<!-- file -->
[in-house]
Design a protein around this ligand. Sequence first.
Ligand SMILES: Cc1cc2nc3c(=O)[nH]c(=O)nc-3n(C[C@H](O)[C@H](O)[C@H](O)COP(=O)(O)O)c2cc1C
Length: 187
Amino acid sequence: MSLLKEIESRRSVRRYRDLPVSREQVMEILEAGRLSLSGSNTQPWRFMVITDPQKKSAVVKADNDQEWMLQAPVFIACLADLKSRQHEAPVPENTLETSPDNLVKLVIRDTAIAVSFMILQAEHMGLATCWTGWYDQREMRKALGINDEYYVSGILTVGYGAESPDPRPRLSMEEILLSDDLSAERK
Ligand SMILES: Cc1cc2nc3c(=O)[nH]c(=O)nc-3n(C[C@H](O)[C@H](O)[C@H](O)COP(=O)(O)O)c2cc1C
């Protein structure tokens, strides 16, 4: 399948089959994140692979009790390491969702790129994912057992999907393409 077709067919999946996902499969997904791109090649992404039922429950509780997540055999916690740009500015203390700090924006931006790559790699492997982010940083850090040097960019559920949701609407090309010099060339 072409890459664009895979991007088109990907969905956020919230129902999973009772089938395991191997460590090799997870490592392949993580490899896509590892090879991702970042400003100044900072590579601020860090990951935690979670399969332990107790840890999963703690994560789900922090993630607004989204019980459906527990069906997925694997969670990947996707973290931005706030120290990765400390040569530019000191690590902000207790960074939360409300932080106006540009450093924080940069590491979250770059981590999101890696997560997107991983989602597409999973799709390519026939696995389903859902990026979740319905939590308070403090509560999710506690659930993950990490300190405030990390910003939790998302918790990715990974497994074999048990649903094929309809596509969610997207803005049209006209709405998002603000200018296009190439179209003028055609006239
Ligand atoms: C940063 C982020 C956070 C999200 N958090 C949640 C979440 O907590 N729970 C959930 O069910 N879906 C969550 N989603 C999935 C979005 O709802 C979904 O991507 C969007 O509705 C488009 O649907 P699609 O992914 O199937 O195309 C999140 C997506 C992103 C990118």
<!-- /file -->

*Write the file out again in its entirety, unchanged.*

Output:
[in-house]
Design a protein around this ligand. Sequence first.
Ligand SMILES: Cc1cc2nc3c(=O)[nH]c(=O)nc-3n(C[C@H](O)[C@H](O)[C@H](O)COP(=O)(O)O)c2cc1C
Length: 187
Amino acid sequence: MSLLKEIESRRSVRRYRDLPVSREQVMEILEAGRLSLSGSNTQPWRFMVITDPQKKSAVVKADNDQEWMLQAPVFIACLADLKSRQHEAPVPENTLETSPDNLVKLVIRDTAIAVSFMILQAEHMGLATCWTGWYDQREMRKALGINDEYYVSGILTVGYGAESPDPRPRLSMEEILLSDDLSAERK
Ligand SMILES: Cc1cc2nc3c(=O)[nH]c(=O)nc-3n(C[C@H](O)[C@H](O)[C@H](O)COP(=O)(O)O)c2cc1C
């Protein structure tokens, strides 16, 4: 399948089959994140692979009790390491969702790129994912057992999907393409 077709067919999946996902499969997904791109090649992404039922429950509780997540055999916690740009500015203390700090924006931006790559790699492997982010940083850090040097960019559920949701609407090309010099060339 072409890459664009895979991007088109990907969905956020919230129902999973009772089938395991191997460590090799997870490592392949993580490899896509590892090879991702970042400003100044900072590579601020860090990951935690979670399969332990107790840890999963703690994560789900922090993630607004989204019980459906527990069906997925694997969670990947996707973290931005706030120290990765400390040569530019000191690590902000207790960074939360409300932080106006540009450093924080940069590491979250770059981590999101890696997560997107991983989602597409999973799709390519026939696995389903859902990026979740319905939590308070403090509560999710506690659930993950990490300190405030990390910003939790998302918790990715990974497994074999048990649903094929309809596509969610997207803005049209006209709405998002603000200018296009190439179209003028055609006239
Ligand atoms: C940063 C982020 C956070 C999200 N958090 C949640 C979440 O907590 N729970 C959930 O069910 N879906 C969550 N989603 C999935 C979005 O709802 C979904 O991507 C969007 O509705 C488009 O649907 P699609 O992914 O199937 O195309 C999140 C997506 C992103 C990118």